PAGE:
There is some disagreement as to the meaning of the name “barm brack.” It could mean “bread made from barm” (a yeasty by-product of beer making) or it may be a corruption of the Anglo-Irish bairigen breac, meaning “speckled cake.” You can also bake this bread in two 8½ x 4½ x 2½-inch loaf pans, but you’ll need to bake them for 40 to 45 minutes. I like the rounded form better, since it looks more rustic. Here's the recipe:
2 cups strong black tea, divided and cooled to lukewarm
2 packages active dry yeast
1½ cup raisins
½ cup brown sugar
2 eggs, lightly beaten
¼ cup (1/2 stick) butter, melted
1½ teaspoons salt
1 to 2 teaspoons of mixed spice (see note)
6¼ to 6¾ cups all purpose flour
In a small bowl, dissolve yeast and a pinch of brown sugar in ¼ cup of tea; allow to develop. In a medium size bowl, dissolve brown sugar in the remaining 1¾ cups of tea; add raisins and allow to soak for ten minutes. Add yeast mixture to tea. Stir in eggs, butter, salt and spices. Stir in six cups of flour, one cup at a time, mixing after each addition until flour is completely incorporated.
Turn dough out onto a lightly floured board and knead for 6 to 8 minutes, adding small amounts of flour as needed to keep dough manageable. The finished dough should be moderately soft and only slightly sticky. Lightly oil the surface of the dough and place it back into rinsed bowl and cover with a clean, dry towel. Allow to rise in a warm place free from drafts until doubled, 60 to 75 minutes.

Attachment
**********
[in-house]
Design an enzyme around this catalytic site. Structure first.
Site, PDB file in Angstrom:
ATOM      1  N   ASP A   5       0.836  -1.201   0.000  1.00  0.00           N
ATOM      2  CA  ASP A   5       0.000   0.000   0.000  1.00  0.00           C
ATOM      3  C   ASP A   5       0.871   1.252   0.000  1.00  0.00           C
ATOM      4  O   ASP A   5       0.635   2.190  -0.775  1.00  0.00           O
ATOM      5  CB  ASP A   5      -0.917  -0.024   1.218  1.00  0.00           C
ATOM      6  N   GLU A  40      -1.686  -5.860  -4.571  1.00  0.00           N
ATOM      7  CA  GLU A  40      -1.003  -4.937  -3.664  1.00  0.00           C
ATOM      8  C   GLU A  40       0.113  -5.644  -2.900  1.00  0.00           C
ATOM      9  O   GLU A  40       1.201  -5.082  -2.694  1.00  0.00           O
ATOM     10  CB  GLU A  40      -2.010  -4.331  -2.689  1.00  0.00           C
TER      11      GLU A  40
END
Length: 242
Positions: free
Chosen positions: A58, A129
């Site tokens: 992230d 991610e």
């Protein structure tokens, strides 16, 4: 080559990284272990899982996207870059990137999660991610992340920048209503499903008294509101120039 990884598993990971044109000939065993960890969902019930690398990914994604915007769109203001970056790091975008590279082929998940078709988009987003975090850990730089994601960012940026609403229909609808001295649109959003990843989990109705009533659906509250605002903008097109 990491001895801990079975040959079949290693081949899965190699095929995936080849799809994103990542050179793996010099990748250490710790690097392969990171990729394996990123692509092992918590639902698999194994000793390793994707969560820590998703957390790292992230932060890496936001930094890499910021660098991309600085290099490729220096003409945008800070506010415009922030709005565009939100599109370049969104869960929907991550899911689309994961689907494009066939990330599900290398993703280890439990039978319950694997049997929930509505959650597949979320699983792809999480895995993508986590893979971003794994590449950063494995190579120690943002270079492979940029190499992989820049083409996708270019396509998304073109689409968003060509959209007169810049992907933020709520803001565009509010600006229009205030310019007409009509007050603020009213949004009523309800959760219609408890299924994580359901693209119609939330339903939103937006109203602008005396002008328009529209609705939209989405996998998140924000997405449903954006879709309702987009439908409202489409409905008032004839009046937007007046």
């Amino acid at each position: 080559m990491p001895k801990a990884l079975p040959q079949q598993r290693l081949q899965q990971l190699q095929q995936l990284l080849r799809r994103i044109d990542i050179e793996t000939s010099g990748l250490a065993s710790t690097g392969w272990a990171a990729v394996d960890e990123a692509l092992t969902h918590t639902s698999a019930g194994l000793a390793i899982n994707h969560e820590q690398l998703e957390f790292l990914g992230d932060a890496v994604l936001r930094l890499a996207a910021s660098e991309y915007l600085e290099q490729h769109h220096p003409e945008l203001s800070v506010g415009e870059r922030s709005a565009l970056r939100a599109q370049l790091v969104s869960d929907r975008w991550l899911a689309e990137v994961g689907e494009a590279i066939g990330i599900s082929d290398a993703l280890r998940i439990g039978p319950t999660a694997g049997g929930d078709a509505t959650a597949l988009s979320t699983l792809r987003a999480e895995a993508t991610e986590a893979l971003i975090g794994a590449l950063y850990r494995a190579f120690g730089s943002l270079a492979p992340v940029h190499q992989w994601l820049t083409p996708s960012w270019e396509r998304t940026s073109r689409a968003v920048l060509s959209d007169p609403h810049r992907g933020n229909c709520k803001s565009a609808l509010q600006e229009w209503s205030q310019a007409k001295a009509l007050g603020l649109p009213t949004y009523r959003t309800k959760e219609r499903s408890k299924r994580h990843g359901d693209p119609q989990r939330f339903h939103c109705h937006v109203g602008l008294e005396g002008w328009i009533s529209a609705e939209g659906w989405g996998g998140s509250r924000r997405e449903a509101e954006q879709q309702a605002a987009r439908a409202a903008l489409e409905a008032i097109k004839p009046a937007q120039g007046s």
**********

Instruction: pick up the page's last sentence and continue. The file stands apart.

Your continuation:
Lightly grease three 8-inch pie pans. Punch dough down and knead briefly to expel larger air bubbles. Divide dough into three portions and shape each into a flattened round about 8 inches across. Place loaves in pie plates. Cover loaves with a clean dry cloth and allow to rise until nearly doubled, about 30 minutes. Bake in a preheated 375 degree oven for 20 to 25 minutes, or until browned on top and loaves sound hollow when tapped on the bottom. Cool on racks.
Note---You can use any number of spices for this traditional Irish bread, including nutmeg, ginger, cinnamon, cloves, allspice, anise, and mace. My favorite: 1 teaspoon of cinnamon, ¼ teaspoon each of nutmeg and mace, with a pinch of ground anise seed.